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Old 01-02-2015, 02:25 PM
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Scott K Fish Scott K Fish is offline
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Default Tommy Ruskin: KC Jazz Community Loses a Major Force

SKF NOTE: Throughout my years drumming, writing about drums, or selling drums, I've heard stories of legendary local drummers. Living in Davenport, Iowa in the early 1970s, local music fans raved most often about Gaetan Caviola. At Modern Drummer, I took several calls from a young drummer, Chris, raving about a local drummer named Dave Weckl. Weckl, of course, became an internationally acclaimed musician.

But most local legendary drummers in my experience, remained local legendary drummers. I once suggested to founder/publisher Ron Spagnardi that Modern Drummer start featuring profiles of local legends, but my idea was nixed.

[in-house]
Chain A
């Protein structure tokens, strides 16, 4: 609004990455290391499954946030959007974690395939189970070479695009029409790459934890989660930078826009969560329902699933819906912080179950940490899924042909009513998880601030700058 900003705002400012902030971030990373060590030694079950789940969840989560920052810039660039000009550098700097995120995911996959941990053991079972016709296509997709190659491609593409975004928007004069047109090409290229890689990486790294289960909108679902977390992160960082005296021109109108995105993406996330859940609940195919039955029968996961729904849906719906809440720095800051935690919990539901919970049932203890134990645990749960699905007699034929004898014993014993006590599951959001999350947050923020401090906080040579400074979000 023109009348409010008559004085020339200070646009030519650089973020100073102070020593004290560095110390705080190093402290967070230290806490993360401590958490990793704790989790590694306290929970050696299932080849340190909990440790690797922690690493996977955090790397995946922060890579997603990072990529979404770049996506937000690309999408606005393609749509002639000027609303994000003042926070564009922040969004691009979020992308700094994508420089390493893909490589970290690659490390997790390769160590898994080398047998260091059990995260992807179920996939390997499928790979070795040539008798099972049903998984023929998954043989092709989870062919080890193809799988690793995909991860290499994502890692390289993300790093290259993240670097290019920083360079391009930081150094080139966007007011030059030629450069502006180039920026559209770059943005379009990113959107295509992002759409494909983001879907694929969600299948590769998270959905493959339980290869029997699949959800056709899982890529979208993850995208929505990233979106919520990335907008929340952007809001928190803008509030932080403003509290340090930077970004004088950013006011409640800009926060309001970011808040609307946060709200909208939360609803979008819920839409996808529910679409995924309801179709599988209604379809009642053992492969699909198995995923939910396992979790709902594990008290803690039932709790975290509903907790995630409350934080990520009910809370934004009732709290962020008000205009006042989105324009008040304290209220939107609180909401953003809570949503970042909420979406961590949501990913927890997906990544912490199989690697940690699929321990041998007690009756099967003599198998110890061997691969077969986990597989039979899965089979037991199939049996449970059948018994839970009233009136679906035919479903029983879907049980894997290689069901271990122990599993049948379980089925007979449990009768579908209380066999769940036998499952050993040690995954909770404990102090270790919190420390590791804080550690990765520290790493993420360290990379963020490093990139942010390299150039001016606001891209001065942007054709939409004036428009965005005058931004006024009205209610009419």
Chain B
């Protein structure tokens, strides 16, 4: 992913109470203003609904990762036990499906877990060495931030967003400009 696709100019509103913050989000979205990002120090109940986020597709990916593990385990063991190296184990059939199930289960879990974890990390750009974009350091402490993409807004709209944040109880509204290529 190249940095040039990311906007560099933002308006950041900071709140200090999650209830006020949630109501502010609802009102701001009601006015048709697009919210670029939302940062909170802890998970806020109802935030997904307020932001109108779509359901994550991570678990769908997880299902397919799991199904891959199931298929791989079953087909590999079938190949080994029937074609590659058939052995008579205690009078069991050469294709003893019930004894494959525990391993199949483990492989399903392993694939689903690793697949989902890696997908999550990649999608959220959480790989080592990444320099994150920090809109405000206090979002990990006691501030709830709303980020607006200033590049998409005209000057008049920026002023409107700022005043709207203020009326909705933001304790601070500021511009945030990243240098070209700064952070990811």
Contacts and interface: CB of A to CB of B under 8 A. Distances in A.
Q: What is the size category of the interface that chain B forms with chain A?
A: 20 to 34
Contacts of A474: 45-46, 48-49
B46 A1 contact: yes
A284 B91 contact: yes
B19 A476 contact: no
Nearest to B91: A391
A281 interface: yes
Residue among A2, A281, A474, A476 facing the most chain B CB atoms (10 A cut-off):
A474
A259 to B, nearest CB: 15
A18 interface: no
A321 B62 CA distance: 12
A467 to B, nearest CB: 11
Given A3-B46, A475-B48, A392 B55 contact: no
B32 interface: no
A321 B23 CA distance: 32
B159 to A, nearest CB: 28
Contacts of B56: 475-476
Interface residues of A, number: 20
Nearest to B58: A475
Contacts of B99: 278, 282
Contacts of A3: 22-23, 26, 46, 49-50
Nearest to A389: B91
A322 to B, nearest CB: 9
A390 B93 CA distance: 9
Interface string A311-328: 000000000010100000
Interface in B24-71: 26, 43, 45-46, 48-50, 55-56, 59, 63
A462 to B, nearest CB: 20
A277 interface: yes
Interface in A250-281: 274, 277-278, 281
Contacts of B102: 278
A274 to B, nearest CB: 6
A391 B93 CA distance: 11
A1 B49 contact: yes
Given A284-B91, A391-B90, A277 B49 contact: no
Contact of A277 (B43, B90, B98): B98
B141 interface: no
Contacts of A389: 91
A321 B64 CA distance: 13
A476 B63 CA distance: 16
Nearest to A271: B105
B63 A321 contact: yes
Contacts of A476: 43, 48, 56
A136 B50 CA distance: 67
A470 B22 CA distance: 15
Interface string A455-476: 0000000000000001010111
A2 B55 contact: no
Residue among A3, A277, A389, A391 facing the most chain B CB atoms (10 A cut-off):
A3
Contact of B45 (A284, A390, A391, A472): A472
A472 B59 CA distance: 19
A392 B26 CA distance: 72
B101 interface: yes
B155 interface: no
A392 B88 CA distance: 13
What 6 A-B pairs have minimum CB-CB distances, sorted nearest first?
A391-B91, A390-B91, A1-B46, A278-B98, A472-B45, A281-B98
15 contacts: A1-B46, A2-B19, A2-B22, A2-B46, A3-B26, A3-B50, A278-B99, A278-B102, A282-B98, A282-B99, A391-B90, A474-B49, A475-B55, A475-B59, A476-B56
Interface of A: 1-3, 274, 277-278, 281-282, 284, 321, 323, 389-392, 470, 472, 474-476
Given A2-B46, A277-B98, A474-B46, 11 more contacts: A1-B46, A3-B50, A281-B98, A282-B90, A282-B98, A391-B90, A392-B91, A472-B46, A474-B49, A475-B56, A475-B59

I'm reading this morning, for the first time, about Kansas City drummer, Tommy Ruskin. I am delighted to know about him, and very sorry my introduction to him is through his obituary. Perhaps there are forum users here who can share their personal stories of Mr. Ruskin. RIP.

Kansas City jazz community mourns the death of drummer Tommy Ruskin

Drummer Tommy Ruskin, a longtime staple of the Kansas City jazz scene known for his sense of humor and jam sessions throughout the region, died Thursday after a yearlong illness. He was 72.

His death is a blow to the jazz community, said friend and internationally known jazz guitarist Pat Metheny, who grew up in the Kansas City area.

“Besides being the best Kansas City drummer of the past 50 years, Tommy was also one of the greatest musicians I have ever known,” Metheny said....

“In every way, Tommy was the complete package; perfect time, the most beautiful touch imaginable, an elegant technique on the instrument and a true improvisational storyteller in his solos.”

Metheny said he started playing with Ruskin when he was 14 or 15 years old.

“And I trace the essential knowledge that I acquired from Tommy in the areas of groove and form as the foundations of everything that I have built on over the years,” he said.

“This is a major blow to all of us who loved him, and the KC jazz community has lost a major force.”

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